Ori Hofmekler, author of The Warrior Diet, The Anti-Estrogenic Diet, Maximum Muscle Minimum Fat, and the upcoming book Unlocking the Muscle Gene is an expert on how to improve your health with foods.
Mercola.com video transcript

Eating sugar linked to testosterone levels

Symptoms of low testosterone levels in men include decreased libido, erectile dysfunction, depression, osteoporosis, weight gain, muscle loss, diabetes, heart disease, and decreased physical performance. Unfortunately, 1 out of 4 men above the age of thirty in the US has lower than normal testosterone levels and will experience some of these symptoms.

Age, which we have little control over, obviously plays a big role in lower testosterone. Are there other factors that we can control, such as nutrition?

A study involving 42 men with normal blood sugar levels, 23 with pre-diabetic blood sugar levels, and 9 with type 2 diabetes was performed to make testing for testosterone levels more accurate. In the process however, researchers discovered that eating sugar cuts a man’s testosterone levels significantly.

Each participant was given a sugary solution and then had their testosterone levels checked. Regardless of whether the participants had diabetes or not, blood levels of testosterone dropped by as much as 25% and remained low for a period of 2 hours. 15% of the participants with normal testosterone levels before the test experienced a drop in testosterone so low they could be classified as having hypogonadism, which would require hormonal replacement therapy. (Alternatives.13(9);2010)

If nothing else, you’ll lose body fat and achieve a higher level of overall health by cutting out sugar. Sugar has been associated with diseases like cardiovascular disease, diabetes, cancer and many more. Now you can add improved testosterone levels to the list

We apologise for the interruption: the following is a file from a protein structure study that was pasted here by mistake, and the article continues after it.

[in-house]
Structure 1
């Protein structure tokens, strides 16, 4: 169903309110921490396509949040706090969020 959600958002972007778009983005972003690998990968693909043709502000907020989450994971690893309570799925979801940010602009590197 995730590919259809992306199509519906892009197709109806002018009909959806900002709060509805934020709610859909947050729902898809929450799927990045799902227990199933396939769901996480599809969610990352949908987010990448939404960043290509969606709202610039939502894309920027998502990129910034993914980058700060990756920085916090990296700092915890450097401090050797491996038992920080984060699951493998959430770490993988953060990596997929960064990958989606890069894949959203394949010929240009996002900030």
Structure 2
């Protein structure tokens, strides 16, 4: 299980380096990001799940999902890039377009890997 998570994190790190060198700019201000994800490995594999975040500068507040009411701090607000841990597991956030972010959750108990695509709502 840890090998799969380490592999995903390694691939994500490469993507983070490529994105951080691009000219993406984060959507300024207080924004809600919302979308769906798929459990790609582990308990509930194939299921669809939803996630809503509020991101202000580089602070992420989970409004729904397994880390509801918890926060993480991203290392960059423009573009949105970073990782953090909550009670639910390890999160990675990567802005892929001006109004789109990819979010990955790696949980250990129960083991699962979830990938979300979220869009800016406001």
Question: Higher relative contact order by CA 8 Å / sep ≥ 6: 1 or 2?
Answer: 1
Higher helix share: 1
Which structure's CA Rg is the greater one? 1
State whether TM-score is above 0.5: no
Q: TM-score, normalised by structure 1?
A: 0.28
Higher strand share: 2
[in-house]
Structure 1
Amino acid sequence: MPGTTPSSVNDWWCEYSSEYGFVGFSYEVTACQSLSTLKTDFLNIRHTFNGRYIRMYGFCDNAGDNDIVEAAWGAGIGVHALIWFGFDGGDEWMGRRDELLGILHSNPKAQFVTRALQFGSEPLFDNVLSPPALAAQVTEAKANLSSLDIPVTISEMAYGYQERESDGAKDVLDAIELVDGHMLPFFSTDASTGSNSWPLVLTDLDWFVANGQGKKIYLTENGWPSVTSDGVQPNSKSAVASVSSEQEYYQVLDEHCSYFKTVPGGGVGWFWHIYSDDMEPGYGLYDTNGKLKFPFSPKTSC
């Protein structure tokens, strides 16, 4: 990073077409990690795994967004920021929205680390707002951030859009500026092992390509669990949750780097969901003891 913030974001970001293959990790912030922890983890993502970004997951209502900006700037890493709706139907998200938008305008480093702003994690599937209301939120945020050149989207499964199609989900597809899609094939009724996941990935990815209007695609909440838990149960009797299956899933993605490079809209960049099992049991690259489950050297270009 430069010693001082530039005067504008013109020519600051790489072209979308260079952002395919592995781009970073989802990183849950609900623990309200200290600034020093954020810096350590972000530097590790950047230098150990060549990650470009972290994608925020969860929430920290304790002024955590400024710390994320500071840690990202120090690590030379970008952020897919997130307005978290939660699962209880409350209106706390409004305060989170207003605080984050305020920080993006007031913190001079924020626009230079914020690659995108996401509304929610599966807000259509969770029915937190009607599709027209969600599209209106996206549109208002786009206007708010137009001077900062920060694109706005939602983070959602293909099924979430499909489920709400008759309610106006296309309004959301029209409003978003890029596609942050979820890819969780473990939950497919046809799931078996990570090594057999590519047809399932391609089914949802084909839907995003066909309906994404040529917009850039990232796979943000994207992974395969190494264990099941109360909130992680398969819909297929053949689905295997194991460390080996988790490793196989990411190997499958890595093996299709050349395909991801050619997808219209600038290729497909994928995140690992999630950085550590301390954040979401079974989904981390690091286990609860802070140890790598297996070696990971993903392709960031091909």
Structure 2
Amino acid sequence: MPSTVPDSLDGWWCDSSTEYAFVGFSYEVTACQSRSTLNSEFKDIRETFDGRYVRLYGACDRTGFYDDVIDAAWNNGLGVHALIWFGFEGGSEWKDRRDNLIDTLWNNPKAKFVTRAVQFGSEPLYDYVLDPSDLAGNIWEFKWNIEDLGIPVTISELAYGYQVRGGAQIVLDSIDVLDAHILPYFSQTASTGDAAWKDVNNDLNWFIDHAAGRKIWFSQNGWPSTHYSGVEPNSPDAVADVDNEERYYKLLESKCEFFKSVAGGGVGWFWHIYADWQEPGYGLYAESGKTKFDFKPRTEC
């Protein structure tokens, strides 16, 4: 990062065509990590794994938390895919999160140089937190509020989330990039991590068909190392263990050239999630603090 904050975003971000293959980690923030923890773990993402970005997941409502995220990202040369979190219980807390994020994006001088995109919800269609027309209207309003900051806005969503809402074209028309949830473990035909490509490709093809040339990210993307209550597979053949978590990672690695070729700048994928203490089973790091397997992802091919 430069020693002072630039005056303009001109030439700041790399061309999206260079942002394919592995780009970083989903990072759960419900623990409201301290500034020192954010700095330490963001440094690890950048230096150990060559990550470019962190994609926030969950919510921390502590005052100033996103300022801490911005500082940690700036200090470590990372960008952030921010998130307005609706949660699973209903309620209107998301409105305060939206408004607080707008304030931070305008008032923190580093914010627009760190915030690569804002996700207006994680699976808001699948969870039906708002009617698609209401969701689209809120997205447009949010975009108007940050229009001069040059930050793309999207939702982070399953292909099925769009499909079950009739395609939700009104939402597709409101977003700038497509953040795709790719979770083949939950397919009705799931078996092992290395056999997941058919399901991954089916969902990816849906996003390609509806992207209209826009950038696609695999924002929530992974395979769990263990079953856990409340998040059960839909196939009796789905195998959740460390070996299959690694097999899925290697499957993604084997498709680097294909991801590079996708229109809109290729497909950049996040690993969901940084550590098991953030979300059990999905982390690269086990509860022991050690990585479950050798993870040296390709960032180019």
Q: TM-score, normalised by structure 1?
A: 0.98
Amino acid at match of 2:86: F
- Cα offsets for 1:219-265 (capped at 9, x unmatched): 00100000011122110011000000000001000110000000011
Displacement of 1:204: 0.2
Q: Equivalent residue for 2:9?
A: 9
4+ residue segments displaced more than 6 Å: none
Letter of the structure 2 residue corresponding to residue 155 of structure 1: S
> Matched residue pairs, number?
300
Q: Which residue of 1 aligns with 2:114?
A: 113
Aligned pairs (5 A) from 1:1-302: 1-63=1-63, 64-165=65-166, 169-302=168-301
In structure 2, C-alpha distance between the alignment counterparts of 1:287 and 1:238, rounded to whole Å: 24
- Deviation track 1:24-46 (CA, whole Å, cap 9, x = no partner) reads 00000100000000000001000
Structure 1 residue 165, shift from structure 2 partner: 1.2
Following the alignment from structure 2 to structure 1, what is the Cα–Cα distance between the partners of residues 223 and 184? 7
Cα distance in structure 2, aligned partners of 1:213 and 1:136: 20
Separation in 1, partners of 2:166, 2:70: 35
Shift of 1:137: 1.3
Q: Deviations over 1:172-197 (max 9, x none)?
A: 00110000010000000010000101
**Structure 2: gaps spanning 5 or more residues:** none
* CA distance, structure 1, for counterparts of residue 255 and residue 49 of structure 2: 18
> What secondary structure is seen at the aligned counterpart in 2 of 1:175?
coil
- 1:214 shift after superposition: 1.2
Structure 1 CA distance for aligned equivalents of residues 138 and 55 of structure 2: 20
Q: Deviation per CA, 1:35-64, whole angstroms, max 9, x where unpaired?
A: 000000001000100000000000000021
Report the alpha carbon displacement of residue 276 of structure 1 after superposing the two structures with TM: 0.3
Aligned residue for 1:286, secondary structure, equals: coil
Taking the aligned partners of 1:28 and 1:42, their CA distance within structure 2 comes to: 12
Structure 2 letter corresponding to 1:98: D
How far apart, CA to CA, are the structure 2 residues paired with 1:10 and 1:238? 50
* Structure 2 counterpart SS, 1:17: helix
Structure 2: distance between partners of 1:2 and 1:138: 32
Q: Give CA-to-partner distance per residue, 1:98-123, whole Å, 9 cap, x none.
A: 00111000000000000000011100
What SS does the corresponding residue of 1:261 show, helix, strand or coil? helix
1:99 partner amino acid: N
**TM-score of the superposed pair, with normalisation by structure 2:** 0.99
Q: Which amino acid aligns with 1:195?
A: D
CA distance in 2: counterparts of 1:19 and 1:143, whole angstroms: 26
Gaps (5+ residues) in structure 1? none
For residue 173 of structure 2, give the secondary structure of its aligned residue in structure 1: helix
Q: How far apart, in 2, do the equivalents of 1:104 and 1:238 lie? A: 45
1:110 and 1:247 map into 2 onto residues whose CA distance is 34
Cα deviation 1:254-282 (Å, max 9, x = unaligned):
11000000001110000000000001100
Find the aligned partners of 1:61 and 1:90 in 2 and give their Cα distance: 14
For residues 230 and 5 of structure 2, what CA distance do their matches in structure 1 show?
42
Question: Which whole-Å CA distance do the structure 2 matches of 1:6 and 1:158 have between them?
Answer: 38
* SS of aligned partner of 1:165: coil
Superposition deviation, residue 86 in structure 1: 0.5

Should you make choices for yourself or should the government make choices for you?

Sin taxes on fat and sugar? It seems several states are looking with interest at chipping away at your rights as a US citizen to decide what you eat. Or, as they the politicians put it, encouraging you to make better choices. States are so interested in your health they want to tax foods containing sugar and fat in order to steer you into a more healthy choice. Politicians want to use pricing strategies to influence what you purchase. However, they?re not sure whether subsidies or punitive taxes work best. Shall we control people by making healthier foods cheaper or unhealthy foods more expensive?

The question shouldn?t be how best can the government control our choices, but does the government have the right to do it in the first place. What else are they going to try to influence? Who decides what’s unhealthy? We see what the FDA, AMA, and food industries have already done to our food supply. Is some politician going to get a hair up his ass about sports, thinking the average American needs to start saving their money, and make sporting events tickets so expensive the average person won?t buy them? How about the type of car you drive, even though the global warming issue has been proven a scam.

This is a slippery slope and is as UN-American as progressivism. This issue has been fought for over 300 years. People fled Europe to what is now the US to get from under the control of the governments there. In the US we have a right endowed by are creator to pursue health. The Government doesn?t have the right to make that choice, or to ?encourage?, for us.

An interesting, but not surprising study was performed to see which strategy, subsidies or taxes, works best as though it?s even a choice. No matter where you stand on this topic to see how human behavior can be influenced is very interesting